AI Talk: Curative apps, supercomputers, rats and Libra

June 21, 2019 / By V. “Juggy” Jagannathan, PhD

This week’s AI Talk…

Curative apps and business model

I saw a reference to this interesting news article in AMIA Daily Download. It’s about how one digital app called Big Health wants its users to delete its app once they have managed to address their insomnia issue. That’s not a bad suggestion since one’s goal should be curative. Unless, of course, you talk to some investment firms that, according to the article, have a more cynical assessment. Thankfully, companies like Big Health have managed to get their startup off the ground with healthy investments. Of course, it helps to have a supply of new patients—and in this case, there are millions of people suffering from insomnia who need help.


Thirty-four years ago, when I was working for Boeing Advanced Technology Center in Seattle, the building next door had two Cray Supercomputers. They looked like fancy pieces of furniture, each with a big cylindrical core and nice cushioned circular seating area! Until I read a recent issue of MIT Technology Review, I had no idea that this company was still in business and was surprised to find their computers are still among the top-ranked supercomputers! MIT Technology Review featured an article about the International Supercomputing Conference, happening this week in Frankfurt. It turns out there is an organization that tracks the top 500 supercomputers and has been doing so since 1993! Check out their list released this week. The ranking is based on High Performance Linpack (HPL) benchmark. HPL is a measure that involves solving a dense system of linear equations, first specified 40 years ago! Present day supercomputers are all petaflop machines and it should not come as a surprise that these supercomputers are also supporting deep learning computation. Turns out Japan’s supercomputer uses something called the AI Bridging Cloud Infrastructure (ABCI) that leverages NVIDIA container technology to deploy machine learning solutions. The top-500 list also shows that China has 219 computers on the list compared with 116 for the U.S., but the U.S. supercomputers are faster. The number one system is from IBM—deployed at Oak Ridge National Lab and clocking in at 148.6 petaflops!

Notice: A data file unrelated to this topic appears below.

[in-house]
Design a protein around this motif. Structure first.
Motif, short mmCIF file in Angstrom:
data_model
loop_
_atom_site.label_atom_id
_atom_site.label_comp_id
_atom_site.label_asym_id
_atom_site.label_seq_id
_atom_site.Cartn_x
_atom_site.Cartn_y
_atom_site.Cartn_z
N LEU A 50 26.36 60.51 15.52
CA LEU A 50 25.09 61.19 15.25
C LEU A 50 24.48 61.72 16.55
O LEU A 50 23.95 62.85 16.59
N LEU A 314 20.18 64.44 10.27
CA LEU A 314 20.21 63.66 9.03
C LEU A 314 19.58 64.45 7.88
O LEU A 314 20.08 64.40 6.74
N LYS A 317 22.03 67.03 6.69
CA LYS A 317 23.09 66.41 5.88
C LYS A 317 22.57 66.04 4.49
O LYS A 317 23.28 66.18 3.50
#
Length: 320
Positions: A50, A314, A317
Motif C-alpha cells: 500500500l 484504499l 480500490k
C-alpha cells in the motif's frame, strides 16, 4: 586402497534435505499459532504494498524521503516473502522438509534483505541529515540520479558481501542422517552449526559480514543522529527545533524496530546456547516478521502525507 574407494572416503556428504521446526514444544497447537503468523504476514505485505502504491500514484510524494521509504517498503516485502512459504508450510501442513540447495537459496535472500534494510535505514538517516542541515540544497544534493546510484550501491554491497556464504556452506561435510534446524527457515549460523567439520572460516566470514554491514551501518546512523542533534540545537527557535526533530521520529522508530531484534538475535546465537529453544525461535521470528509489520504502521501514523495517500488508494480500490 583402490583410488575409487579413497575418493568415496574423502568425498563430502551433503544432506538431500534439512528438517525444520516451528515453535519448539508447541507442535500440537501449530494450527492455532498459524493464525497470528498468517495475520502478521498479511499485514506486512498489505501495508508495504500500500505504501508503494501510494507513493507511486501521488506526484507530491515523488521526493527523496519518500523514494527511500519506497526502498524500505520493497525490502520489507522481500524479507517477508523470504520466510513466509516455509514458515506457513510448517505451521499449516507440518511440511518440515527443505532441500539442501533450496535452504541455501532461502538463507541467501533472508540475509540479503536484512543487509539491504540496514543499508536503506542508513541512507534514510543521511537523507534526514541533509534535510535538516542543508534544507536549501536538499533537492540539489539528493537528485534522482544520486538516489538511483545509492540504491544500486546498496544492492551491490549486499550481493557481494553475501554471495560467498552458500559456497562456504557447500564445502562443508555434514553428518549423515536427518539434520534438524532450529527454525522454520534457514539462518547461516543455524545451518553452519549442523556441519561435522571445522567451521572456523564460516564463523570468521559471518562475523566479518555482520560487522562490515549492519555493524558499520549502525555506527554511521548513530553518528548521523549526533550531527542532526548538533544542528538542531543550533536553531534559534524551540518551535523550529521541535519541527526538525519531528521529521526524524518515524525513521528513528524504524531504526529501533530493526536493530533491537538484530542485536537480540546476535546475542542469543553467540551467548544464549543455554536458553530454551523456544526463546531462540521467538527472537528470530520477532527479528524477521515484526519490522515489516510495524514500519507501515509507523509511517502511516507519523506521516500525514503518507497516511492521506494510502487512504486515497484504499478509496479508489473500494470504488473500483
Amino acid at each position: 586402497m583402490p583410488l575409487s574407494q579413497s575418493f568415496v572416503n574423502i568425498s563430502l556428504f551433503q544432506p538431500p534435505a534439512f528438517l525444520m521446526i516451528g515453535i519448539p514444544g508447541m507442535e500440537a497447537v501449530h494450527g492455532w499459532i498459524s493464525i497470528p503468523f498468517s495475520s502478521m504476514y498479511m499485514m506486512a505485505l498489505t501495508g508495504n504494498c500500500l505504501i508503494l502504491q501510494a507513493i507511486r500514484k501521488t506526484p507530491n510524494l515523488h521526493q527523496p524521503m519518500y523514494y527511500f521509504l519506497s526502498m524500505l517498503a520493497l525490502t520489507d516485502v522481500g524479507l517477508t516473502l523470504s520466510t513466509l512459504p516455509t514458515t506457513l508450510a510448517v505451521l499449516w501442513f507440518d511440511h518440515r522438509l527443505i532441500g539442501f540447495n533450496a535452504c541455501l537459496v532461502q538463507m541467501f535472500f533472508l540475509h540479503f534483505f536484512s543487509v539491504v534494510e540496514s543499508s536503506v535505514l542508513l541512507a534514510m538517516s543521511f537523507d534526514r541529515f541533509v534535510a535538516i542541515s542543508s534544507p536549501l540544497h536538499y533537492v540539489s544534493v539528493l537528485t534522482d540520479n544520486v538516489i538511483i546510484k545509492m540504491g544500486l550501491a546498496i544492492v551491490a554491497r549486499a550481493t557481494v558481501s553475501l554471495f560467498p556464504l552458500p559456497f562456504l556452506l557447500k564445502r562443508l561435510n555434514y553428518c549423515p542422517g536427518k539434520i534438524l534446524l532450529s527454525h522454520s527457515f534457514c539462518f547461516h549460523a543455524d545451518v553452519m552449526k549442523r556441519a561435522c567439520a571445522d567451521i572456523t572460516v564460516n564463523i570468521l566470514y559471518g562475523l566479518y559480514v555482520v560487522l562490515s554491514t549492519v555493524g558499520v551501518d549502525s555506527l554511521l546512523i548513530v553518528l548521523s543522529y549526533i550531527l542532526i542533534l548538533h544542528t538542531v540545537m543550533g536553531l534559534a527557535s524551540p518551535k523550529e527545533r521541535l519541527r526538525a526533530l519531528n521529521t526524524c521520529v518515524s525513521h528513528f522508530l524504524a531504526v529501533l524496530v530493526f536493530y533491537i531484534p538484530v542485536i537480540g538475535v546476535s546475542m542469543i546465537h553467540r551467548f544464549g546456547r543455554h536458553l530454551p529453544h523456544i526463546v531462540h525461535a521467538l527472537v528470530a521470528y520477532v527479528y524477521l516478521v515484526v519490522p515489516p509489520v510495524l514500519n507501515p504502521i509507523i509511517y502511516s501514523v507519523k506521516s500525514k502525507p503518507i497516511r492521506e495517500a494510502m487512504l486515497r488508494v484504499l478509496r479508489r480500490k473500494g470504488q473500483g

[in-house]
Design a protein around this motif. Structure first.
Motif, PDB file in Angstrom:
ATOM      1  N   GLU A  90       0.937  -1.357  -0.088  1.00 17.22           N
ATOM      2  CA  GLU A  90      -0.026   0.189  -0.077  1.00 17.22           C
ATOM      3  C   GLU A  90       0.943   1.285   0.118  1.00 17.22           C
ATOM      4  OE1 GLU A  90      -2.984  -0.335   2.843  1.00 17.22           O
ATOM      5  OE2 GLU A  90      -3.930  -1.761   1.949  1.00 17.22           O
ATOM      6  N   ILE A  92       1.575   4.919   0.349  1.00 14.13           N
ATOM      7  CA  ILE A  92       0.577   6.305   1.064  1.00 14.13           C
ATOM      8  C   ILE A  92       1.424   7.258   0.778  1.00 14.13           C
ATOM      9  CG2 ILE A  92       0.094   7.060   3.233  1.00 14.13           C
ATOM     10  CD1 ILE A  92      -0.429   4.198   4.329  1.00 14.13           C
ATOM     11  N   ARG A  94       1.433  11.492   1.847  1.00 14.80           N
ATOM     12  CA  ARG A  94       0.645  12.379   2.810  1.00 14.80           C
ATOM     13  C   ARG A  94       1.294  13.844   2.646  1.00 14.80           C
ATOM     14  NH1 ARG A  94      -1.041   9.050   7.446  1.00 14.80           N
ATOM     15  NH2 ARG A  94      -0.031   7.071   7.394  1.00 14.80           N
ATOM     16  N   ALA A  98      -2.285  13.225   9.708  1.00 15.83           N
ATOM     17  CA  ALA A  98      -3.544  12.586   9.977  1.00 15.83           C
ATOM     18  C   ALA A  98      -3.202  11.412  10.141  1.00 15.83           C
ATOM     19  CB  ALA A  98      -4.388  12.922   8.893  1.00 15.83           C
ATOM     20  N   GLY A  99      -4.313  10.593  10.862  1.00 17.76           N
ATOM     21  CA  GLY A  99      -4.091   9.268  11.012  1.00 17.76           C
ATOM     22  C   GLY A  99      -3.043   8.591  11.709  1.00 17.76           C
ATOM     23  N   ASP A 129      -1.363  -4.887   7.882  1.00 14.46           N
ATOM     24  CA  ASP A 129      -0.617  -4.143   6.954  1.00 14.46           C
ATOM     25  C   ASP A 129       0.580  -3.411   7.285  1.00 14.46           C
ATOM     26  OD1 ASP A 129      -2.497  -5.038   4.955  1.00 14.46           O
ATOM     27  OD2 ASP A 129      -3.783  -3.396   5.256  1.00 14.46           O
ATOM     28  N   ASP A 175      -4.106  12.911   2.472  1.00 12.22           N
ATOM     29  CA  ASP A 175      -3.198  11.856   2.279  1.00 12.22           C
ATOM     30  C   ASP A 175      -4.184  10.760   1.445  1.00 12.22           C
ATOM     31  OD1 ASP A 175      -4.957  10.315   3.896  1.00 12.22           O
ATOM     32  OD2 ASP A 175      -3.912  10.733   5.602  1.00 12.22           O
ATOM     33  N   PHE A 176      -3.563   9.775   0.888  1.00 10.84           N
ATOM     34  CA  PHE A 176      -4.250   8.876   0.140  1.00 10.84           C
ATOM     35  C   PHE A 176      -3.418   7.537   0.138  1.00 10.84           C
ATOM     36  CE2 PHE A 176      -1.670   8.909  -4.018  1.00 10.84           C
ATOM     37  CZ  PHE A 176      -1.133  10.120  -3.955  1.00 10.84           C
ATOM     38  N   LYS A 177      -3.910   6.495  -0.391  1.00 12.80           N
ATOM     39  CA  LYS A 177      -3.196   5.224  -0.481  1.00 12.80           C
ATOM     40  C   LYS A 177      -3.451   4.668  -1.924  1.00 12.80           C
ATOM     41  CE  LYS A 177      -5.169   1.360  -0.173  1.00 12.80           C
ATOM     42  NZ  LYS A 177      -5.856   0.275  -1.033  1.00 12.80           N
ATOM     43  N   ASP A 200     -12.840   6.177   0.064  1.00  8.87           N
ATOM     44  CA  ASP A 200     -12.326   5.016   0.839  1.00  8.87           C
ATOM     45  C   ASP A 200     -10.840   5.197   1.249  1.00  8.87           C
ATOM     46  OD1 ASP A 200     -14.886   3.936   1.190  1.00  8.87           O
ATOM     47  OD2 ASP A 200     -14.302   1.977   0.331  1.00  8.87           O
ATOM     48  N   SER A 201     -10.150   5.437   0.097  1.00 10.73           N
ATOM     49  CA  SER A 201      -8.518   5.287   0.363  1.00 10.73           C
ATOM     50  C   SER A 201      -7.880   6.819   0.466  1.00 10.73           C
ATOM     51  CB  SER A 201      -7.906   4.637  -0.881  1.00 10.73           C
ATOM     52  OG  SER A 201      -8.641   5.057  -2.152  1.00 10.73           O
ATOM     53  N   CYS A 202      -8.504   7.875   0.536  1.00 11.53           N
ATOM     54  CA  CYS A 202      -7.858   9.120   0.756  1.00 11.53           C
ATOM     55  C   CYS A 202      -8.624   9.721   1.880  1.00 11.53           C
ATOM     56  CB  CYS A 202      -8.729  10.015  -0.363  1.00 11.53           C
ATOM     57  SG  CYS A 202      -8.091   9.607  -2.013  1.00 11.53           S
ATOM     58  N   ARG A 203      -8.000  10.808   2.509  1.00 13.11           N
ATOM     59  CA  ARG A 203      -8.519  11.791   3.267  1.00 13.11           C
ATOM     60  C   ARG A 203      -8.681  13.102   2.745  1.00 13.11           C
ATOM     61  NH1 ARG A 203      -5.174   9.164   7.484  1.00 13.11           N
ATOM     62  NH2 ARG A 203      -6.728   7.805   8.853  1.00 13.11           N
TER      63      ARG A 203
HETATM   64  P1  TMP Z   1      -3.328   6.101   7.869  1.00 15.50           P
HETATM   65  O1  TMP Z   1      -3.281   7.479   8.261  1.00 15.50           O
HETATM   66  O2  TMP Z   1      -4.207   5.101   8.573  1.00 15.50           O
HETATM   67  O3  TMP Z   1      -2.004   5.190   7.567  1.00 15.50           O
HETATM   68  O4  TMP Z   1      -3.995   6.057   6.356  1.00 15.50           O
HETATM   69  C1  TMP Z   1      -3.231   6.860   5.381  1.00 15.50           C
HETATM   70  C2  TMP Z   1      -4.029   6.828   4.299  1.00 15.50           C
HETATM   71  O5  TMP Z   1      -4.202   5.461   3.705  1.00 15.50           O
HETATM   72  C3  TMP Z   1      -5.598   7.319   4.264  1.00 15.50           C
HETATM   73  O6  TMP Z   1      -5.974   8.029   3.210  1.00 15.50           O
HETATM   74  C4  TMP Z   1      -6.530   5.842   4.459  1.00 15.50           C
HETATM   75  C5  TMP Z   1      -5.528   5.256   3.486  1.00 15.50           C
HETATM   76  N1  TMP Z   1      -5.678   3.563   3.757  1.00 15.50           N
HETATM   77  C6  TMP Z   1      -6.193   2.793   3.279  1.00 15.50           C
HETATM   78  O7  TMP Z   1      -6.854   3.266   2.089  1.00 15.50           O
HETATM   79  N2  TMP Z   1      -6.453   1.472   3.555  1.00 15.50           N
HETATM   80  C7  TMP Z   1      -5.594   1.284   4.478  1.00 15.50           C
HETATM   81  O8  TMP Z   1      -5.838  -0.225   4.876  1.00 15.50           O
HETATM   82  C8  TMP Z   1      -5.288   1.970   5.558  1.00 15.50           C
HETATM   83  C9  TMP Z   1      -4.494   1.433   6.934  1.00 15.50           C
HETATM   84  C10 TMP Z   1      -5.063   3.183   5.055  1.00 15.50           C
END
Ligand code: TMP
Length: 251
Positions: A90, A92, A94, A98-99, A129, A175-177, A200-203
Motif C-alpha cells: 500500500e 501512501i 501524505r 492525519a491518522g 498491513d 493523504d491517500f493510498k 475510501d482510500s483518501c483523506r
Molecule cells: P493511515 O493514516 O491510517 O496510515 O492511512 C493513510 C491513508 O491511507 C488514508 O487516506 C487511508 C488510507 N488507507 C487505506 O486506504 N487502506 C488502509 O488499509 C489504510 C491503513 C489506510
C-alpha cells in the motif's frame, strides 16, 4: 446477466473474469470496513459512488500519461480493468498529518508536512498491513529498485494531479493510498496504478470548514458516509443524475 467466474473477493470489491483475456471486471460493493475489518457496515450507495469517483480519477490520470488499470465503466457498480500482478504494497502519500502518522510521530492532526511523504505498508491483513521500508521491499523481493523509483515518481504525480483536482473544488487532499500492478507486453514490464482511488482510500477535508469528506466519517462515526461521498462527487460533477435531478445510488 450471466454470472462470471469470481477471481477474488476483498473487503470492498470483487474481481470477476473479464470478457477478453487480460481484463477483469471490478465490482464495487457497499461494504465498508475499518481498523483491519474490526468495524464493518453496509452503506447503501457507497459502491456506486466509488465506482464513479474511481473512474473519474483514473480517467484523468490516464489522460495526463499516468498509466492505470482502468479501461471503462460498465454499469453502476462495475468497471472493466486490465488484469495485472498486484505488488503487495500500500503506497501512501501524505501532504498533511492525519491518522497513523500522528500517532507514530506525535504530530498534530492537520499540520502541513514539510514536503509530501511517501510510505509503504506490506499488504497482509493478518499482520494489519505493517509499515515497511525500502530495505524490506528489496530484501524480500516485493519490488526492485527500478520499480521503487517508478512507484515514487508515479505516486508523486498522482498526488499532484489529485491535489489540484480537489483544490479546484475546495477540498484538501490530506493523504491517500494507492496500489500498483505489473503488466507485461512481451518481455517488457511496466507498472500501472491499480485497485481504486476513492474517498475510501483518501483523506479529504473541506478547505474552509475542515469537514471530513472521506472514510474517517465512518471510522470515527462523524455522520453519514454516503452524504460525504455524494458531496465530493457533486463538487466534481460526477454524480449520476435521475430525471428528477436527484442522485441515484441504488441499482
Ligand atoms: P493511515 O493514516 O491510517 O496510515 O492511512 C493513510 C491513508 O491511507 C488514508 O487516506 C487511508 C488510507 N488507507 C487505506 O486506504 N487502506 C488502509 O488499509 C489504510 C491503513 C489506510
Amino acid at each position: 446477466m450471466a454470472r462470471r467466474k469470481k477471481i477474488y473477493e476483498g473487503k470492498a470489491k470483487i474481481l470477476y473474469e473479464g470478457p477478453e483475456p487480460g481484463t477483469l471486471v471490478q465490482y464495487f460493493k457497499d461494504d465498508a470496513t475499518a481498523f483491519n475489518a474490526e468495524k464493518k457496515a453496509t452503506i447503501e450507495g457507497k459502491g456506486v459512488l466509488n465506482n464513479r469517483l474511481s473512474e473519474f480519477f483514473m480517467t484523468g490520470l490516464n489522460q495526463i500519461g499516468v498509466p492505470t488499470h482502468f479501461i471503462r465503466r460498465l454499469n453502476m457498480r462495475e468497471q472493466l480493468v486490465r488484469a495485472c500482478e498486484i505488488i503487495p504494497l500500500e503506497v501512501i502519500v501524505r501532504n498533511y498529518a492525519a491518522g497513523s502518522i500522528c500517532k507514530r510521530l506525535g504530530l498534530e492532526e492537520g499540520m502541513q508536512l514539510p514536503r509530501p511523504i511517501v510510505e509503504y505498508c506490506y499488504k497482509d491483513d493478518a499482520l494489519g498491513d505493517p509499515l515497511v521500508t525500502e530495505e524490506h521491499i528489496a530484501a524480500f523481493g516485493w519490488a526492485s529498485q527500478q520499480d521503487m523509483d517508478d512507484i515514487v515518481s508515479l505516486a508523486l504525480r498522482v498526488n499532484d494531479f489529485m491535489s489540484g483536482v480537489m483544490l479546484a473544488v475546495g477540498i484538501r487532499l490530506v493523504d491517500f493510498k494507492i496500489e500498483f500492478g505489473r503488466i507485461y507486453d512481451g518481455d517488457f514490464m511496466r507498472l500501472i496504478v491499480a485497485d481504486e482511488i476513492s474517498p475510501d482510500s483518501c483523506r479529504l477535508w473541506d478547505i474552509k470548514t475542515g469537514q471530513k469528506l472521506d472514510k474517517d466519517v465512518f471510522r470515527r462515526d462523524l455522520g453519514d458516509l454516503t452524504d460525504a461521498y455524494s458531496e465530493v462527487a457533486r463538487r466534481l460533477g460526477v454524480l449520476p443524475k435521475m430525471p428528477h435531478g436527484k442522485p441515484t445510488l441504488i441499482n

Rats and mice, as it happens, are one of life’s perennial problems. These rodents have survived for millennia and continue to thrive. Just last month I had to put some sticky traps to capture  these pesky pests in my own home. Many big cities like New York, Chicago and Washington DC are home to strong rat populations. I didn’t know that one can call 311 to report rat sightings because the service is not available in Morgantown, WV, the small town where I live. However, big data and data mining technologies are now being applied to study and combat rat populations. DC has launched an effort using the 311 data setThe Lab @ DC. The machine learning algorithm is fed with rat sightings data, property tax records, business license data showing eateries and garbage disposal sites, and data on city sewers. The goal? To predict where rat populations are likely to explode and take preventive action before infestation worsens! This is an ongoing active project: More power to them!


It is all over the news: National news, local news, NPR, WSJ, NYT, USA Today… everywhere! The news? Facebook is planning on introducing a new digital currency called Libra next year. A zodiac sign! According to this site about zodiac signs, character strengths of Libra are “cooperative, diplomatic, gracious, fair-minded, social.” But there are also dislikes: “violence, injustice, loudmouths, conformity.” Will one associate these positive and negative traits with Facebook? It’s currency? Beats me! In any case, this currency uses blockchain technology and is nothing like Bitcoin, but is essentially a private currency sponsored by a growing collection of companies. Whether this will take off, only time will tell. There are billions of potential users…fasten your seat belts for a wild ride!


The rat article was suggested by my colleague, Monika Woszczyna.

I am always looking for feedback and if you would like me to cover a story, please let me know. “See something, say something”!  Leave me a comment below or ask a question on my blogger profile page.

V. “Juggy” Jagannathan, PhD, is Vice President of Research for M*Modal, with four decades of experience in AI and Computer Science research.